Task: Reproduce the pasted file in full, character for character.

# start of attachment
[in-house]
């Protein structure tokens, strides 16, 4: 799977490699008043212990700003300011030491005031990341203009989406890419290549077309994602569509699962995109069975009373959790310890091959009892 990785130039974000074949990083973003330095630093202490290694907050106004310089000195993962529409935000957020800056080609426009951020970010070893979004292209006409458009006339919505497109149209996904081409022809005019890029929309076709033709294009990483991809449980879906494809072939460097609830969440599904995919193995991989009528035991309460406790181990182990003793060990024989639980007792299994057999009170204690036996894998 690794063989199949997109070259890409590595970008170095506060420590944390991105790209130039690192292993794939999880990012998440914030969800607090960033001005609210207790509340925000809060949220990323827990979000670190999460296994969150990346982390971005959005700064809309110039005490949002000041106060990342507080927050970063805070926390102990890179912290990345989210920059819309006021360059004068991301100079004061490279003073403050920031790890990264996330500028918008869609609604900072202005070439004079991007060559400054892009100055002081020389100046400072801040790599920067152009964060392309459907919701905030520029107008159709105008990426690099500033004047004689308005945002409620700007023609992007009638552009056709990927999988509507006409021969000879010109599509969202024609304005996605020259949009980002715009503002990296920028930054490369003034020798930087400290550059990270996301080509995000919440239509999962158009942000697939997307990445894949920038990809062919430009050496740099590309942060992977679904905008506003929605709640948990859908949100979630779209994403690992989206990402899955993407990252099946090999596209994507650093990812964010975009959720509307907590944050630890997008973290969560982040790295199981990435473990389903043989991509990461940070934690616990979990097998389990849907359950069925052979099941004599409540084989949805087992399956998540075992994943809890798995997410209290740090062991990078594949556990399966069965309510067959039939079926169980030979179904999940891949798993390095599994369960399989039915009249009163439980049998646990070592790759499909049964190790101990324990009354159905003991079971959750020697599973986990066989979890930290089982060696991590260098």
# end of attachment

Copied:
[in-house]
């Protein structure tokens, strides 16, 4: 799977490699008043212990700003300011030491005031990341203009989406890419290549077309994602569509699962995109069975009373959790310890091959009892 990785130039974000074949990083973003330095630093202490290694907050106004310089000195993962529409935000957020800056080609426009951020970010070893979004292209006409458009006339919505497109149209996904081409022809005019890029929309076709033709294009990483991809449980879906494809072939460097609830969440599904995919193995991989009528035991309460406790181990182990003793060990024989639980007792299994057999009170204690036996894998 690794063989199949997109070259890409590595970008170095506060420590944390991105790209130039690192292993794939999880990012998440914030969800607090960033001005609210207790509340925000809060949220990323827990979000670190999460296994969150990346982390971005959005700064809309110039005490949002000041106060990342507080927050970063805070926390102990890179912290990345989210920059819309006021360059004068991301100079004061490279003073403050920031790890990264996330500028918008869609609604900072202005070439004079991007060559400054892009100055002081020389100046400072801040790599920067152009964060392309459907919701905030520029107008159709105008990426690099500033004047004689308005945002409620700007023609992007009638552009056709990927999988509507006409021969000879010109599509969202024609304005996605020259949009980002715009503002990296920028930054490369003034020798930087400290550059990270996301080509995000919440239509999962158009942000697939997307990445894949920038990809062919430009050496740099590309942060992977679904905008506003929605709640948990859908949100979630779209994403690992989206990402899955993407990252099946090999596209994507650093990812964010975009959720509307907590944050630890997008973290969560982040790295199981990435473990389903043989991509990461940070934690616990979990097998389990849907359950069925052979099941004599409540084989949805087992399956998540075992994943809890798995997410209290740090062991990078594949556990399966069965309510067959039939079926169980030979179904999940891949798993390095599994369960399989039915009249009163439980049998646990070592790759499909049964190790101990324990009354159905003991079971959750020697599973986990066989979890930290089982060696991590260098």